We all know dogs need physical exercise to keep them fit and healthy, but did you know dogs thrive on mental exercise? Mental exercise stimulates the brain as well as the body and it is equally as important.
Organising a brain gym for your dog isn’t difficult, it can be as simple as taking your dog out to explore the world. Expanding his world and allowing him to experience different things will give his senses a work-out and will also allow you to practice your training techniques. The added bonus is your dog’s confidence will increase, he’ll be more capable of thinking for himself and it’s a great way to proof his behaviours.
Enrichment games are another great way to give your dog his daily mental push-ups. There are a heap of puzzle games for dogs available check your local pet store, jump online or if you’re local head down to our training school.
One of my favourites is The Muffin Tin Game. Here’s how it works:
Grab an old muffin tin or mini muffin tin if you have a smaller pooch. Turn it upside down and place some treats between the bumps. To get at the treats, he’ll have to push the food around from different angles. This is a great puzzle for larger dogs as they can’t flip the tin over.
When he’s played this game a few times, you can change it up. This time keep the tin upright and place some treats randomly into half the cups. Cover each section with a tennis ball.
How do you mentally exercise your dog?
We’d love to her about the enrichment games you do with your dog. Let us know in the comments below.
As the weather warms and the holiday season approaches, people like to get active with their dogs. Every day more and more people flock to our off-leash beaches and parks.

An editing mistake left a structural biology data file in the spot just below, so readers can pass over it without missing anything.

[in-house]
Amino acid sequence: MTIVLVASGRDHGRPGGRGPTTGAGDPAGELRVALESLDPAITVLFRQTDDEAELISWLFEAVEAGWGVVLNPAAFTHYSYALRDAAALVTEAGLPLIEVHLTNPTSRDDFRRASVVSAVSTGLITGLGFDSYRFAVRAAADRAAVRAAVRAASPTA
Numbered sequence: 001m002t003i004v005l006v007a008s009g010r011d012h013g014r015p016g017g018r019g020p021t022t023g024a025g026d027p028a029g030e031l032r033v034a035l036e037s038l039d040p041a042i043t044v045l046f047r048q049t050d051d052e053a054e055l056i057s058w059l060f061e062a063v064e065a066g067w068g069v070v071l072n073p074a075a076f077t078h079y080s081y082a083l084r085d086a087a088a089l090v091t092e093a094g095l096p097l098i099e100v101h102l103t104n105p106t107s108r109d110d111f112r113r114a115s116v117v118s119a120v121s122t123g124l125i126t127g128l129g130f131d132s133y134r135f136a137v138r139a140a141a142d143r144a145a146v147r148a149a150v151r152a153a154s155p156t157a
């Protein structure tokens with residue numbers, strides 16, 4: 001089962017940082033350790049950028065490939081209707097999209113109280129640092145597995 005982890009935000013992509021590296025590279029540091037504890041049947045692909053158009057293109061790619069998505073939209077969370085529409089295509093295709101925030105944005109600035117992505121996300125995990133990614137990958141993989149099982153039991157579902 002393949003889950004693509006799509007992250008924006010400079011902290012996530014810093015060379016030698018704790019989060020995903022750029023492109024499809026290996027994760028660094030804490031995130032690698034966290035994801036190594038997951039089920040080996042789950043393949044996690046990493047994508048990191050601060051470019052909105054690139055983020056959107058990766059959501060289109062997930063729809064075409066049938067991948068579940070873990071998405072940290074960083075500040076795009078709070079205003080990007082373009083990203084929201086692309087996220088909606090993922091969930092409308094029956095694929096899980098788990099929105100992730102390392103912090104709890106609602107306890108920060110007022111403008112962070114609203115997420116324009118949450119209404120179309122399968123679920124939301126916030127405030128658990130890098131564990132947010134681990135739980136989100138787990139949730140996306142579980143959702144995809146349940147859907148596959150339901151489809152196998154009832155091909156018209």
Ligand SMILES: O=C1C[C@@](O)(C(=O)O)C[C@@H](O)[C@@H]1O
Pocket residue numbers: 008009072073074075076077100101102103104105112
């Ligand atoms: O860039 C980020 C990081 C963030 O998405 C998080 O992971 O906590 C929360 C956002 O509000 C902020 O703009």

In theory off-leash areas are a fantastic idea, unfortunately the reality isn’t all rainbows and lollipops. It’s important to remember that anyone and their dogs can use these areas (the only exception being registered/declared dangerous dogs).
What does this mean for you and your pooch?
At any given time there may be dogs of varying sizes, temperaments and training and a range of owners from the conscientious to the “I don’t give a damn”. You can’t control who’s using the area but you can be in control of how you approach the space and of course, in control of your dog.
I strongly recommend to my clients that BEFORE they decide to let their dog ‘loose’ in an off-leash area to enjoy an independent sniff and play experience, their dog must have these two basic behaviours.
1. A very reliable recall – this means your dog comes every time he is called
2. A strong stay command – he will stay ‘on the spot’ until given the ok to move
Please remember that even when off lead in an off-leash area, by law your dog needs to be under “effective control”. Hence why both a stay command and a recall are important.